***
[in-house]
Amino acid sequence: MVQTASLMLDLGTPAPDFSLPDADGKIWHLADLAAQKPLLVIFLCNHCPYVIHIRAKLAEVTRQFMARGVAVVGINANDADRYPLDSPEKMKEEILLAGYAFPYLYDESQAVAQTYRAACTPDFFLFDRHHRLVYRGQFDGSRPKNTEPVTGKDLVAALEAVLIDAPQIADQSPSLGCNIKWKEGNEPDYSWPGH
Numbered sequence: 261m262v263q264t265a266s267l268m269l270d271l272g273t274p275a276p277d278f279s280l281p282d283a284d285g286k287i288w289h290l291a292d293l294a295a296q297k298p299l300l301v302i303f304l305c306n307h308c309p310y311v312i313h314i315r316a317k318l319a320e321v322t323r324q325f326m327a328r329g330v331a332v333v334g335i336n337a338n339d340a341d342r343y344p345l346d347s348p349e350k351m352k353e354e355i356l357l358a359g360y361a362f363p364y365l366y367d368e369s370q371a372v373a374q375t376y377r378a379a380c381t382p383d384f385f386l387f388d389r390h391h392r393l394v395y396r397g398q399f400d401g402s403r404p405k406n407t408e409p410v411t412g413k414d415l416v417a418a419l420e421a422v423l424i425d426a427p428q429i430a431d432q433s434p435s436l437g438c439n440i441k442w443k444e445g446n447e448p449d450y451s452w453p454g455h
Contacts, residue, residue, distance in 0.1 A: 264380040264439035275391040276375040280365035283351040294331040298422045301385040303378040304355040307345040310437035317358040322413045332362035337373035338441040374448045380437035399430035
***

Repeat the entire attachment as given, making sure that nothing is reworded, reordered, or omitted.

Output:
[in-house]
Amino acid sequence: MVQTASLMLDLGTPAPDFSLPDADGKIWHLADLAAQKPLLVIFLCNHCPYVIHIRAKLAEVTRQFMARGVAVVGINANDADRYPLDSPEKMKEEILLAGYAFPYLYDESQAVAQTYRAACTPDFFLFDRHHRLVYRGQFDGSRPKNTEPVTGKDLVAALEAVLIDAPQIADQSPSLGCNIKWKEGNEPDYSWPGH
Numbered sequence: 261m262v263q264t265a266s267l268m269l270d271l272g273t274p275a276p277d278f279s280l281p282d283a284d285g286k287i288w289h290l291a292d293l294a295a296q297k298p299l300l301v302i303f304l305c306n307h308c309p310y311v312i313h314i315r316a317k318l319a320e321v322t323r324q325f326m327a328r329g330v331a332v333v334g335i336n337a338n339d340a341d342r343y344p345l346d347s348p349e350k351m352k353e354e355i356l357l358a359g360y361a362f363p364y365l366y367d368e369s370q371a372v373a374q375t376y377r378a379a380c381t382p383d384f385f386l387f388d389r390h391h392r393l394v395y396r397g398q399f400d401g402s403r404p405k406n407t408e409p410v411t412g413k414d415l416v417a418a419l420e421a422v423l424i425d426a427p428q429i430a431d432q433s434p435s436l437g438c439n440i441k442w443k444e445g446n447e448p449d450y451s452w453p454g455h
Contacts, residue, residue, distance in 0.1 A: 264380040264439035275391040276375040280365035283351040294331040298422045301385040303378040304355040307345040310437035317358040322413045332362035337373035338441040374448045380437035399430035